Page:Our American Holidays - Christmas.djvu/226

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setting sunlight we behold mountains of soft crimson snow! The sun hath set, and even more beautiful are the bright-starred nights of winter, than summer in all its glories beneath the broad moons of June. Through the woods of Windermere, from cottage to cottage, by coppice-pathways winding up to dwellings among the hill-rocks where the birch-trees cease to grow—

"Nodding their heads, before us go,
The merry minstrelsy."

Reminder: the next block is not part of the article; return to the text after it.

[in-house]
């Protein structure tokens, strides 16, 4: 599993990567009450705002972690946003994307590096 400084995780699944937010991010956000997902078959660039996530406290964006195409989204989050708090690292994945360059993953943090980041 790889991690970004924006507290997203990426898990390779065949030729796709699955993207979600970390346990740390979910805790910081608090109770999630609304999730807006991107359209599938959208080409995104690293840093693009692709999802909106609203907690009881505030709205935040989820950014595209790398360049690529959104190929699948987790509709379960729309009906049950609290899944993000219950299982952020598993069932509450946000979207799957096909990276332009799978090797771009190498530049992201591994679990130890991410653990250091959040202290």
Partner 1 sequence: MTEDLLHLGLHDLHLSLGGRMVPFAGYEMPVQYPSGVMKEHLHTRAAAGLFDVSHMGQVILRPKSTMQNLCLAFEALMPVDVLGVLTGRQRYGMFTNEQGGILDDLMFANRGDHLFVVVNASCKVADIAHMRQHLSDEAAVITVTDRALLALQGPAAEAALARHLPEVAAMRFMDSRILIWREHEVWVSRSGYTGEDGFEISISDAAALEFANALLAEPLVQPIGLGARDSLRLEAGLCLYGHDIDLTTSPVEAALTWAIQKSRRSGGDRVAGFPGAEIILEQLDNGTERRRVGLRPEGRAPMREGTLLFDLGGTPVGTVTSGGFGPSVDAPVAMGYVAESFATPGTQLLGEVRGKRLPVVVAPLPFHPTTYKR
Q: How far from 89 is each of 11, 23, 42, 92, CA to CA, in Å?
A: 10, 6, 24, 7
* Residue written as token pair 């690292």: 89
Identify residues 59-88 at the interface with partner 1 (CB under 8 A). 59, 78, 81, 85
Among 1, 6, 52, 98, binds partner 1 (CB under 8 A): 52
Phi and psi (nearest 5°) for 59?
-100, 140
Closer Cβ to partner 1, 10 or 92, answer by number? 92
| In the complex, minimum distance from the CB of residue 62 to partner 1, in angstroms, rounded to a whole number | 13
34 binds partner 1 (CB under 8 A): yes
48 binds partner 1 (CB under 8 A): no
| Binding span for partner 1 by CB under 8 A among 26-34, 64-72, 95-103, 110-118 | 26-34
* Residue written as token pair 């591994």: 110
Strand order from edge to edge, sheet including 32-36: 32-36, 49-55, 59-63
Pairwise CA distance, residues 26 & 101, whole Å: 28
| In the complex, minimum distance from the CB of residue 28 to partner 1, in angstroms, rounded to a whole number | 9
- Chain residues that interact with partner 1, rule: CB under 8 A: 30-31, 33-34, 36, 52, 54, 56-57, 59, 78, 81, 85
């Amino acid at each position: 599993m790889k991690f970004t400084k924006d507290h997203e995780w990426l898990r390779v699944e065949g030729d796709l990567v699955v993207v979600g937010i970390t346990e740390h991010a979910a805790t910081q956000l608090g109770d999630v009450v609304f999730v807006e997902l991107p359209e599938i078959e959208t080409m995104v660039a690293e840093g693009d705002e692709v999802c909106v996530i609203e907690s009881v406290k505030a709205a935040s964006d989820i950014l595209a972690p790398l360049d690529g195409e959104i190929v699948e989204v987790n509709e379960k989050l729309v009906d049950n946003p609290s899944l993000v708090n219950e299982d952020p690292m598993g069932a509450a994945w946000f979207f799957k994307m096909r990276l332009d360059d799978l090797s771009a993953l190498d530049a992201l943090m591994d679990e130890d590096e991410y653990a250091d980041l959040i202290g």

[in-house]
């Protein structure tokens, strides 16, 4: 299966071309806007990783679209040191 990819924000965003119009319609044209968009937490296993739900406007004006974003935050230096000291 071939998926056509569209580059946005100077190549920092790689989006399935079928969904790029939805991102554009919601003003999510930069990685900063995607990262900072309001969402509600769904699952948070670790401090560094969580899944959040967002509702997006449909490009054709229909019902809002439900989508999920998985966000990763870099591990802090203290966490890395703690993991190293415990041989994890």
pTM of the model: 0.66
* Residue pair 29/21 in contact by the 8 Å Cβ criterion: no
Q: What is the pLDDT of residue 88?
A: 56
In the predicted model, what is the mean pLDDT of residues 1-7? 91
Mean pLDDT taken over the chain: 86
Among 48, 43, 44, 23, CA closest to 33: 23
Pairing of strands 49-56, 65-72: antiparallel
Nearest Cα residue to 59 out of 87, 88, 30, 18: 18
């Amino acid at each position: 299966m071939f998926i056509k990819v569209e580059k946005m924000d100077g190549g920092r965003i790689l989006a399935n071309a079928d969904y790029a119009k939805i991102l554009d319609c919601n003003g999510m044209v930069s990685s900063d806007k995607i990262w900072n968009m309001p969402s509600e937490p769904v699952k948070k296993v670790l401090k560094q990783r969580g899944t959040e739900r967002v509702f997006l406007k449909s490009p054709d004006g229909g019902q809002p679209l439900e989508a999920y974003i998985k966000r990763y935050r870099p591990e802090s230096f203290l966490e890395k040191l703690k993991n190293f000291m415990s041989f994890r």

They sing a salutation at every door, familiarly naming old and young by their Christian names; and the eyes that look upward from the vales to the hanging huts among the plats and cliffs, see the shadows of the dancers ever and anon crossing the light of the star-like window, and the merry music is heard like an echo dwelling in the sky. Across those humble thresholds often did we on Christmas-week nights of yore—wandering through our solitary silvan haunts, under the branches of trees within whose hollow trunks the squirrel slept—venture in, unasked perhaps, but not unwelcome, and, in the kindly spirit of the season, did our best, to merrify the Festival by tale or song. And now that we behold them not, are all those woods, and cliffs, and rivers, and tarns, and lakes, as beautiful as when they softened and brightened beneath our living